“I don’t know if money brings happiness but it does allow time to paint, to travel, to have a studio and buy materials. It allows a certain amount of freedom. I have been offered large sums of money to paint certain pictures over and over again but as tempting as it is I can’t seem to do it” – Jeremy Kibel
Artists are happiest when creating art. This much was clear when speaking recently with Jeremy Kibel, a finalist in the Archibald Prize two years running. In discussing his formative experiences as a painter, and his roles as curator and gallery owner, it was clear that for Kibel, moments of triumph occur when searching for answers to emotional and aesthetic problems within the art he is creating. Kibel speaks of ‘turning points’; he experienced one such when painting a body of work titled The Glass Asylum in 2006. “I was able to pull back, not overwork my paintings; l could be restrained without losing any of the visual impact l was trying to achieve. I figured out less was more.”
Born in 1972, after studying Art and Design in Melbourne Kibel took advantage of an opportunity to work as a studio assistant in New York in the early nineties in order to be immersed in the practice of art. This was followed by two similar positions with Jenny Watson and Robert Jacks from the mid to late nineties. His first solo exhibition was in 2000 followed by a further nine in galleries throughout Australia. Kibel also took part in numerous group shows picking up awards and prizes along the way. His love of art has been extended beyond his practice and now includes being the director of a gallery from where he runs Blockprojects.
“Art,” Kibble writes, “has fundamentally been a part of my life for as long as l can remember. When l was 12, my mother took me to see the Philip Guston exhibition at the NGV. From memory, I think it was 1984. I didn’t quite understand Guston’s work at the time but l was completely mesmerised by the paint. It struck a chord with me and my curiosity for painting has stuck with me since then.”
The commodification of art in our contemporary culture, Kibel maintains, does not affect his management of Blockprojects, however he does see being an artist as at odds with running a gallery. He says this while accepting that art is marketed the same way as luxury goods now: “I don’t make any moral judgment on that. It really doesn’t affect the way I run Block because as with my art, l believe in staying true to myself,” and when asked if it is difficult to ignore what is considered fashionable in the art market, he responds, “No… it is easy to ignore the transient thing… they come and go. Art is such a personal thing for me that I don’t think about it in terms of whether it is fashionable or not.”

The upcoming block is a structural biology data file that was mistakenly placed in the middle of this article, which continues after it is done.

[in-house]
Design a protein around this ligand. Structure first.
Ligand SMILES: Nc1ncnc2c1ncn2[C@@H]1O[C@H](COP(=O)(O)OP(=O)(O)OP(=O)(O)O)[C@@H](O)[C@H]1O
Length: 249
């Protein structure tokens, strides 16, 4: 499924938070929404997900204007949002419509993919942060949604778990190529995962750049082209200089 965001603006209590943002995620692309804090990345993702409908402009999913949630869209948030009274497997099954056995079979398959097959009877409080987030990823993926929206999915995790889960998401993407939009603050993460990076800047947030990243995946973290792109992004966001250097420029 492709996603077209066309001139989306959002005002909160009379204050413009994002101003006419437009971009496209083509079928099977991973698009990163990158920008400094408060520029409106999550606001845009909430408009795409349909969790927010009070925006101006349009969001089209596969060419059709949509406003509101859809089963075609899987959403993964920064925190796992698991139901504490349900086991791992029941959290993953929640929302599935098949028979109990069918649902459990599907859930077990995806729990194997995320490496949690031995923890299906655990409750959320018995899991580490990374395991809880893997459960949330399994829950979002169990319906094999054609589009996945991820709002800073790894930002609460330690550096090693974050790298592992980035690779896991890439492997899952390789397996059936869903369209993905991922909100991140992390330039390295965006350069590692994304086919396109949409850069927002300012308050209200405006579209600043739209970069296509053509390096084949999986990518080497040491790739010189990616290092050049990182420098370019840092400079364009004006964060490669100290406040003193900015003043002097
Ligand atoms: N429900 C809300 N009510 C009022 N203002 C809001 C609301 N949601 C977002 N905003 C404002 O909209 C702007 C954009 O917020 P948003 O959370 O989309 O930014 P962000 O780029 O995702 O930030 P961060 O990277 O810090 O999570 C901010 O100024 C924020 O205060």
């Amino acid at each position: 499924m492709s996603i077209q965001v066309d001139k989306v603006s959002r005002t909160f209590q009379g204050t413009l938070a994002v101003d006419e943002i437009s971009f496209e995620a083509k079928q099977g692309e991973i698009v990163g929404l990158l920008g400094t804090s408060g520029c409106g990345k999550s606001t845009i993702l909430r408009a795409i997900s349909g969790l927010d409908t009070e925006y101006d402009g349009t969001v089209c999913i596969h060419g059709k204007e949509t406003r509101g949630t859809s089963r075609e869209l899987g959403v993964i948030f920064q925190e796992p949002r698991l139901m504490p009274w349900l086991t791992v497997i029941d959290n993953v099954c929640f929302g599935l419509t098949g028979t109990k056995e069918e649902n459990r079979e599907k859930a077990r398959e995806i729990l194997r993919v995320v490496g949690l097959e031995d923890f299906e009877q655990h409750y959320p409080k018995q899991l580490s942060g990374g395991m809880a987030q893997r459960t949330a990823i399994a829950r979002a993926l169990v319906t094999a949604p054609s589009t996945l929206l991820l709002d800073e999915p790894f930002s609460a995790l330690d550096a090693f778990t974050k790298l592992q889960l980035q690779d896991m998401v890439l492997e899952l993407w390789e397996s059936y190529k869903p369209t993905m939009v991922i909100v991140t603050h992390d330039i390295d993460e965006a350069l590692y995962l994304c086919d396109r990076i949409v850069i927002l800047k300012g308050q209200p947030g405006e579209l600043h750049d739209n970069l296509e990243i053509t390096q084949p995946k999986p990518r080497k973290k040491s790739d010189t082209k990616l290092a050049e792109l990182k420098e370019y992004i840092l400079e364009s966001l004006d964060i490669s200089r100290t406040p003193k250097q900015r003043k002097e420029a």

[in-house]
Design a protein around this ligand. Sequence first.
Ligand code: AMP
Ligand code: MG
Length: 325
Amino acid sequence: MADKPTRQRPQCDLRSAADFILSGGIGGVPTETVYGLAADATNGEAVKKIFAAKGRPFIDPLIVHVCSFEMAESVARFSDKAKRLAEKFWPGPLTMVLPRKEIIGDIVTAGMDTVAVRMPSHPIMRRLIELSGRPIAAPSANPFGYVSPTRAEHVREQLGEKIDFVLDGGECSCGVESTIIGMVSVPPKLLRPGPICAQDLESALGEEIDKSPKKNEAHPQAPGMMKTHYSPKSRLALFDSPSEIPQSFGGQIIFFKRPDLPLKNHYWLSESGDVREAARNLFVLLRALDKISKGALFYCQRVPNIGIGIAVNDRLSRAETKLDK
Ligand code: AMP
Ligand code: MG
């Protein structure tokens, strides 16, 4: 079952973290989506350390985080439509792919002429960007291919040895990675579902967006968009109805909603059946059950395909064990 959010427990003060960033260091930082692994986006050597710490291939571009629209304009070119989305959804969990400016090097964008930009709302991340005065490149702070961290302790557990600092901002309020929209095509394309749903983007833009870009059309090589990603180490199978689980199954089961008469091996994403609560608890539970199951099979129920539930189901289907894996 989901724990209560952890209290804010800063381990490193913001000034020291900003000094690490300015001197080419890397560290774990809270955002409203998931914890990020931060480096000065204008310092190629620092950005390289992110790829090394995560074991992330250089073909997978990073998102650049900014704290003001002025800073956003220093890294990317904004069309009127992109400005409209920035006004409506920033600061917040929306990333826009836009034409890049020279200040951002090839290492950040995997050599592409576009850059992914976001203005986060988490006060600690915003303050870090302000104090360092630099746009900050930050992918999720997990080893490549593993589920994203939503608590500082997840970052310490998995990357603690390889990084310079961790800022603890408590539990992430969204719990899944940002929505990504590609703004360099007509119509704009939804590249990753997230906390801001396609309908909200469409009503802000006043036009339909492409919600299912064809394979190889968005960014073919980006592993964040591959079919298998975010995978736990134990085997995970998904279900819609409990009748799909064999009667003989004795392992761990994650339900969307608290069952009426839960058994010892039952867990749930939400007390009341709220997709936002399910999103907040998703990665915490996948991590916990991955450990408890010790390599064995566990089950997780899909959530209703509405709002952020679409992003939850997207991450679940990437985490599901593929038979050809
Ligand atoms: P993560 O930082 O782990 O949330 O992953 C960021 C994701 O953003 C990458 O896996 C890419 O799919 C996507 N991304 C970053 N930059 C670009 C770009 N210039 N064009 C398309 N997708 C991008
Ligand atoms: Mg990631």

Kibel’s experience of being in both worlds – the private studio and the spheres in which art is a commodity – has led to his having firm ideas as to what needs to be addressed. Kibel believes there is a lack of an open forum for critique of artists, institutions and curators.
He is saddened by what he sees as a missed opportunity for the Australian art world. If Australia is to compete internationally as an artistic and cultural hub, Kibel stresses the importance of how we see and present ourselves to the world. He notes, “Internationally, the perception of Australian art is that we simply don’t have one. I am not entirely sure what the answers are but we do need to look at our national identity and where we place our cultural priorities. For example, we still do not have a national museum that celebrates indigenous art. Ironically, the Musée du Quai Branly in Paris has an amazing section dedicated to Aboriginal art and artifacts… We as a nation need to ask why we have such a disdain for the arts,” though he does suggest that the recent example of MONA in Hobart is “a clear indication of what can be achieved”.
Kibel argues that, despite some changes in the last decade, the art industry needs to significantly develop its business management skills, further champion the legal rights of artists and pursue governmental reform on matters such as increased tax benefits to large corporations and individuals who collect and support the arts (see Harold Mitchell, page 8).
Kibel relaxes when his discussion of art as cultural capital turns to the art of painting itself. Asked what period he would return to if he were able to learn directly from the studio practice of great artists, he says “I would go back to 1888, where Gauguin and Van Gogh spent nine weeks together, painting in the Yellow House in the town of Arles. Also, I would have loved to stand beside the young Gericault while he was working onThe Raft of the Medusa. Gericault was only 27 when he painted it – the painting sums up humanity to me. And I would have loved to be around during the New York school: Pollock, de Kooning , Motherwell, Still, Rothko, Newman etc.”
In the studio Kibel feels both most calm and most alive. While art as capital is an inevitable part of his world, when it comes to the ‘pursuit of happiness’, his prime focus is his studio.